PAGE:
(Reblogged from workin-them-clockwork-angels)

elimin8theimpossible:

cricsyxo:

divinedorothy:

egotastical:

divinedorothy:

bisexual people aren’t more likely to cheat in relationships but we are more likely to cheat at cards, while lesbians are most likely to cheat at jenga, and genderqueer people often cheat at mario kart

how the fuck do you cheat at jenga

ask a lesbian

image

this is never not funny

(Reblogged from craveurbrains)
(Reblogged from dailyanarchist)

nprfreshair:

FXX is going to have a 12-day Simpsons marathon, playing all 552 episodes.  In appreciation of the series, we’ve compiled several of our Simpsons interviews into one show. 

Since The Simpsons began, Fresh Air’s Terry Gross has interviewed many people who have had a hand creating the show – from Matt Groening in 1989 and 2003 to  two of the writers Al Jean and Mike Reiss in 1992. Gross also talked with actors who do the voices, including Nancy Cartwright, who plays Bart, in 2007; Julie Kavner, the voice of Marge in 1994; Hank Azaria, the voice of Moe, Apu, Chief Wiggum and others in 2004.

Here, Simpsons creator Matt Groening tells Terry about how they occasionally got in trouble with the Fox network: 

"At the beginning, virtually anything we did would get somebody upset and now it seems like the people who are eager to be offended — and this country is full of people who are eager to be offended. They’ve given up on our show. We got into trouble a few years ago for — Homer is watching an anti-drinking commercial and it said, "Warning! Beer causes rectal cancer." And Homer responds by saying, "Mmm beer." Fox didn’t want us to do that because beer advertisers are a big part of the Fox empire and it turns out the writer was able to track down the actual fact where some studies show that indeed it does — or did or has a tendency to [cause cancer] — so we were able to keep it in."

Photo: Courtesy of Fox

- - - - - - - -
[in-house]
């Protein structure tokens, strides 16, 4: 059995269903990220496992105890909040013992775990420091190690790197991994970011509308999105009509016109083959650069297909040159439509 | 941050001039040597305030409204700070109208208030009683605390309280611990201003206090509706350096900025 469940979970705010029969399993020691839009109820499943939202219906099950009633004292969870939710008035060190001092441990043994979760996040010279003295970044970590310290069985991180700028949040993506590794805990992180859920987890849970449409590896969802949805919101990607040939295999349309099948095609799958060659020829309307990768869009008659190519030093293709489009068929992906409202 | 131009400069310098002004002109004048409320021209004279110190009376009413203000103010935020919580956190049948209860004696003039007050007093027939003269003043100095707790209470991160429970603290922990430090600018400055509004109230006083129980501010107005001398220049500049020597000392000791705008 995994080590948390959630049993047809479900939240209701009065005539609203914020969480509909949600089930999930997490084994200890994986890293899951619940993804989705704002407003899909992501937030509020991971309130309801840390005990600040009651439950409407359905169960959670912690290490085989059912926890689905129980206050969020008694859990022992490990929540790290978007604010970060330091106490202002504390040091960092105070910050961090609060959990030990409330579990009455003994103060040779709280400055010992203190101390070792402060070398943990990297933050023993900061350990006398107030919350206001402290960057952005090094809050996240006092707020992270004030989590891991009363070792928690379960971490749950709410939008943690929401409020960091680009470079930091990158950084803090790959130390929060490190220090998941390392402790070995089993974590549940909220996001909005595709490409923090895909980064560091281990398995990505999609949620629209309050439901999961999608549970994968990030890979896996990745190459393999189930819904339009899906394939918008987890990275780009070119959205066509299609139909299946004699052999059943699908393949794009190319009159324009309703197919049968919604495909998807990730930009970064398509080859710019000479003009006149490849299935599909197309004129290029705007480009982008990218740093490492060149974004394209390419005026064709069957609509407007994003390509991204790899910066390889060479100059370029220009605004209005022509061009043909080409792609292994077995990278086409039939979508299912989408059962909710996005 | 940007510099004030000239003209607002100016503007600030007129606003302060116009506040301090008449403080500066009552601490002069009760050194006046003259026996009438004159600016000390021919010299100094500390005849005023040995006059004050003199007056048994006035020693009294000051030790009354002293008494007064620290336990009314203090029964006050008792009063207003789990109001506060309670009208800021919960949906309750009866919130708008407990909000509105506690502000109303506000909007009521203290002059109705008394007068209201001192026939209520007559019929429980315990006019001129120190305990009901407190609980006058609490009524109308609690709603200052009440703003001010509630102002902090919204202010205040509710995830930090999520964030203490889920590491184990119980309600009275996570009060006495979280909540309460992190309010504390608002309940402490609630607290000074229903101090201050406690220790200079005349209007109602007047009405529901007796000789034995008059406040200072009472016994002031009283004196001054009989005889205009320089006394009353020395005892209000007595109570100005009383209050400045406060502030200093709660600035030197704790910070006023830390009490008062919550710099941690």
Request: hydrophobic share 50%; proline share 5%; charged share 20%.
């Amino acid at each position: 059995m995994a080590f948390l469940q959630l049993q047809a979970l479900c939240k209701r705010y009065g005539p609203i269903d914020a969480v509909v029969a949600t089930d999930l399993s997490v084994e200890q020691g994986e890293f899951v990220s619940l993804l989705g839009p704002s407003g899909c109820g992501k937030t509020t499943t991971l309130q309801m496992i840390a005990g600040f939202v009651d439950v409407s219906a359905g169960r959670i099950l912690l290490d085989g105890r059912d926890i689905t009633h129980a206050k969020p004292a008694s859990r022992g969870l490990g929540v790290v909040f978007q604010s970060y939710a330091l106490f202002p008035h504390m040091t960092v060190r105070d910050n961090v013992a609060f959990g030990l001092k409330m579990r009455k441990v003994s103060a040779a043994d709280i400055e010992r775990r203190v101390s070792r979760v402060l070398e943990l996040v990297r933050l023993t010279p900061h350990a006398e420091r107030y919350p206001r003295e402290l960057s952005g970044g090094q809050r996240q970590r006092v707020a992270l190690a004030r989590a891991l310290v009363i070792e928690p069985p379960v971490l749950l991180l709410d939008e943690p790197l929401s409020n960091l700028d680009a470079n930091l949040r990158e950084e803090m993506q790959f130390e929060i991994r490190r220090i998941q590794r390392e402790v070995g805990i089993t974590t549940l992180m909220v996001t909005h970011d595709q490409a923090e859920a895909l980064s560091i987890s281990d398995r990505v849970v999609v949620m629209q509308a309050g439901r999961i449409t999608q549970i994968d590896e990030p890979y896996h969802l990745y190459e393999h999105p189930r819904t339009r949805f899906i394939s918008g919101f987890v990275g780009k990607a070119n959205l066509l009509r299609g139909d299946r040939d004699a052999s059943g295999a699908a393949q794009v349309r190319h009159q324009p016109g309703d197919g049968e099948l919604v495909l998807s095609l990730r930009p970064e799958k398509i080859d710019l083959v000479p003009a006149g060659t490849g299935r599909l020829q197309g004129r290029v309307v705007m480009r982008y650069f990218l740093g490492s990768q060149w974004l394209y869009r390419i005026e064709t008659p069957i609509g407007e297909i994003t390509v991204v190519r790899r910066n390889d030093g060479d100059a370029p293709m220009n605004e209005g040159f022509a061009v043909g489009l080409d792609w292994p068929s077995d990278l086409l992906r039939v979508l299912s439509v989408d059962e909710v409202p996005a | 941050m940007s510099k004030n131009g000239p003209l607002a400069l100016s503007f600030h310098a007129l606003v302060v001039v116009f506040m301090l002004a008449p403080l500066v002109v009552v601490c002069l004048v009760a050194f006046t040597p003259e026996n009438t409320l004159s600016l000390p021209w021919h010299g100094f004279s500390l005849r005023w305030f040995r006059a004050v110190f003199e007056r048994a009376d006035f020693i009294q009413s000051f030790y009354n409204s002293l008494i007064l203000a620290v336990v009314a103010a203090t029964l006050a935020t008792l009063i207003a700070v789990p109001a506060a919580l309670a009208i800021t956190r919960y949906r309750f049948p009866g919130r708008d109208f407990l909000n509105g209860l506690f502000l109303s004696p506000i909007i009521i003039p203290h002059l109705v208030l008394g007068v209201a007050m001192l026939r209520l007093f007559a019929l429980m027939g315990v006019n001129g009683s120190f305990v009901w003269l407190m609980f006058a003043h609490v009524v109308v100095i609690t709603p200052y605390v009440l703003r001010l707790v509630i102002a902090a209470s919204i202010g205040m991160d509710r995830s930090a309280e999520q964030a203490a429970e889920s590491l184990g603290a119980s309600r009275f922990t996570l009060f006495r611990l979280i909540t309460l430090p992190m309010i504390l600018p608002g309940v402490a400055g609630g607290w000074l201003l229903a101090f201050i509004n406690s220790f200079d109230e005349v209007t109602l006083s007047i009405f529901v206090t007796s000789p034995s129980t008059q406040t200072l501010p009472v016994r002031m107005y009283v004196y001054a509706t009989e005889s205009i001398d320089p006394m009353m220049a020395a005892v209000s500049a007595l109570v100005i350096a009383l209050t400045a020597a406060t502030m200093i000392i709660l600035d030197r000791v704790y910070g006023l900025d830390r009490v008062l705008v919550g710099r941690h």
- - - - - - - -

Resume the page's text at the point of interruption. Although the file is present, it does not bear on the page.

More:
(Reblogged from nprfreshair)

thehpalliance:

If you use YouTube, you need to know this.

You’ve heard all these rumblings about Net Neutrality over the past several months. Let’s get real: this is about controlling online video. It is estimated that by 2017, video content will account for 80-90% of all global Internet traffic.

This isn’t just about not being able to binge-watch a series on Netflix. It’s about the future of online video as we know it.

Whether your YouTube channel is home to daily vlogs, short films, or just that one video from when the cinnamon challenge seemed like a good idea, you’re a video creator. Your content and comments help shape this community. Let’s keep it that way.

Net Neutrality means that your YouTube videos reach people at the same speed as clips from last night’s episode of the Tonight Show. It means a level playing field for video creators looking to reach an audience. But new Net Neutrality rules could mess that up.

Here’s the deal: Telecommunications companies already charge us to access the Internet through our homes and our phones. New FCC rules could allow them to also charge content providers (like YouTube, Netflix, and even PBS) for access to our eyeballs. It could create a fast lane for Jimmy Fallon’s clips, and slow lane for your YouTube videos.

It is really important that the FCC understands that online video creators care about Net Neutrality. Even if you’ve only ever uploaded ONE VIDEO, you are a creator and you have a voice.

If you can, please add your channel to our petition. We’ll deliver this to the FCC in September and demonstrate that the online video community cares about this issue.

Sign the petition, then spread the word.

(Reblogged from laughterkey)
(Reblogged from jewishsanta)

Seattle weather, and what appears to be either snow or hail on the Peaks (at Flagstaff, AZ)

Anyone in need of some midwifery? (at Flagstaff, AZ)

BIG BELLY! (at Flagstaff, AZ)

Flagstaff alley (at Flagstaff, AZ)